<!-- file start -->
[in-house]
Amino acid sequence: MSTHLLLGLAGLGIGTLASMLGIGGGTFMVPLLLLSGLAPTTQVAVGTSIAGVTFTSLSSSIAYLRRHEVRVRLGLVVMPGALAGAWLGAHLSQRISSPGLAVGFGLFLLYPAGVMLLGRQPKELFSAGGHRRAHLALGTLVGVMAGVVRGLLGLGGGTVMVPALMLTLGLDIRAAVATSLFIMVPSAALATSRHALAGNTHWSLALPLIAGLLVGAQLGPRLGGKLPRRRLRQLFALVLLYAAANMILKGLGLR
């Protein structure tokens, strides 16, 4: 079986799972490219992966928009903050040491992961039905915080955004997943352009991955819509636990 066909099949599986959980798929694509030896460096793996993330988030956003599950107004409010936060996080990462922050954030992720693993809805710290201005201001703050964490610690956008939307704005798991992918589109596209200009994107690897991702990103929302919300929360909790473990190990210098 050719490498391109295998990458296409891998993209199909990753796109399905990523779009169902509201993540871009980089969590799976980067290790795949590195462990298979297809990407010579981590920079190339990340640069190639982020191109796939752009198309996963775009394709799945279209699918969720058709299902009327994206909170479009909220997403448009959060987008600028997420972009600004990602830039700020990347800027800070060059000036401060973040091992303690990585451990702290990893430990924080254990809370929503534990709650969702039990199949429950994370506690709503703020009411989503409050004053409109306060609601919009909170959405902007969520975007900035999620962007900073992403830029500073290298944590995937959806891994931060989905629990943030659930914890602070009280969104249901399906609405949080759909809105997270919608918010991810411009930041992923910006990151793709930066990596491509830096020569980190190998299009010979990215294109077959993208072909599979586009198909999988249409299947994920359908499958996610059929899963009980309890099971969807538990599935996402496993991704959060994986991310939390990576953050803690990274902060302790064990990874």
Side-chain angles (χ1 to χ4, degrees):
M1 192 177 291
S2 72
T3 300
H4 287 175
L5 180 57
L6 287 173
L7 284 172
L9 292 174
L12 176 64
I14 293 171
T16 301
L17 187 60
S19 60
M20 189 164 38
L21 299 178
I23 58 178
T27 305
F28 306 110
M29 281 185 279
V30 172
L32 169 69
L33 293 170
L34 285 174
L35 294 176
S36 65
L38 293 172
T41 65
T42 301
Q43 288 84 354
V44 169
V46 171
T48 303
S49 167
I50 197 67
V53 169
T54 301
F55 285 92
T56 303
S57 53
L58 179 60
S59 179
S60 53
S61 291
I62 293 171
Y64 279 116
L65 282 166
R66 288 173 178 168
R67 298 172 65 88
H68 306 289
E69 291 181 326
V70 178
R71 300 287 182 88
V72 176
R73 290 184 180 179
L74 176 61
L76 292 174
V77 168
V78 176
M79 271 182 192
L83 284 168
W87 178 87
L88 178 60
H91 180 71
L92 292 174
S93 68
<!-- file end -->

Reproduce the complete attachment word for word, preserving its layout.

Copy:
[in-house]
Amino acid sequence: MSTHLLLGLAGLGIGTLASMLGIGGGTFMVPLLLLSGLAPTTQVAVGTSIAGVTFTSLSSSIAYLRRHEVRVRLGLVVMPGALAGAWLGAHLSQRISSPGLAVGFGLFLLYPAGVMLLGRQPKELFSAGGHRRAHLALGTLVGVMAGVVRGLLGLGGGTVMVPALMLTLGLDIRAAVATSLFIMVPSAALATSRHALAGNTHWSLALPLIAGLLVGAQLGPRLGGKLPRRRLRQLFALVLLYAAANMILKGLGLR
């Protein structure tokens, strides 16, 4: 079986799972490219992966928009903050040491992961039905915080955004997943352009991955819509636990 066909099949599986959980798929694509030896460096793996993330988030956003599950107004409010936060996080990462922050954030992720693993809805710290201005201001703050964490610690956008939307704005798991992918589109596209200009994107690897991702990103929302919300929360909790473990190990210098 050719490498391109295998990458296409891998993209199909990753796109399905990523779009169902509201993540871009980089969590799976980067290790795949590195462990298979297809990407010579981590920079190339990340640069190639982020191109796939752009198309996963775009394709799945279209699918969720058709299902009327994206909170479009909220997403448009959060987008600028997420972009600004990602830039700020990347800027800070060059000036401060973040091992303690990585451990702290990893430990924080254990809370929503534990709650969702039990199949429950994370506690709503703020009411989503409050004053409109306060609601919009909170959405902007969520975007900035999620962007900073992403830029500073290298944590995937959806891994931060989905629990943030659930914890602070009280969104249901399906609405949080759909809105997270919608918010991810411009930041992923910006990151793709930066990596491509830096020569980190190998299009010979990215294109077959993208072909599979586009198909999988249409299947994920359908499958996610059929899963009980309890099971969807538990599935996402496993991704959060994986991310939390990576953050803690990274902060302790064990990874």
Side-chain angles (χ1 to χ4, degrees):
M1 192 177 291
S2 72
T3 300
H4 287 175
L5 180 57
L6 287 173
L7 284 172
L9 292 174
L12 176 64
I14 293 171
T16 301
L17 187 60
S19 60
M20 189 164 38
L21 299 178
I23 58 178
T27 305
F28 306 110
M29 281 185 279
V30 172
L32 169 69
L33 293 170
L34 285 174
L35 294 176
S36 65
L38 293 172
T41 65
T42 301
Q43 288 84 354
V44 169
V46 171
T48 303
S49 167
I50 197 67
V53 169
T54 301
F55 285 92
T56 303
S57 53
L58 179 60
S59 179
S60 53
S61 291
I62 293 171
Y64 279 116
L65 282 166
R66 288 173 178 168
R67 298 172 65 88
H68 306 289
E69 291 181 326
V70 178
R71 300 287 182 88
V72 176
R73 290 184 180 179
L74 176 61
L76 292 174
V77 168
V78 176
M79 271 182 192
L83 284 168
W87 178 87
L88 178 60
H91 180 71
L92 292 174
S93 68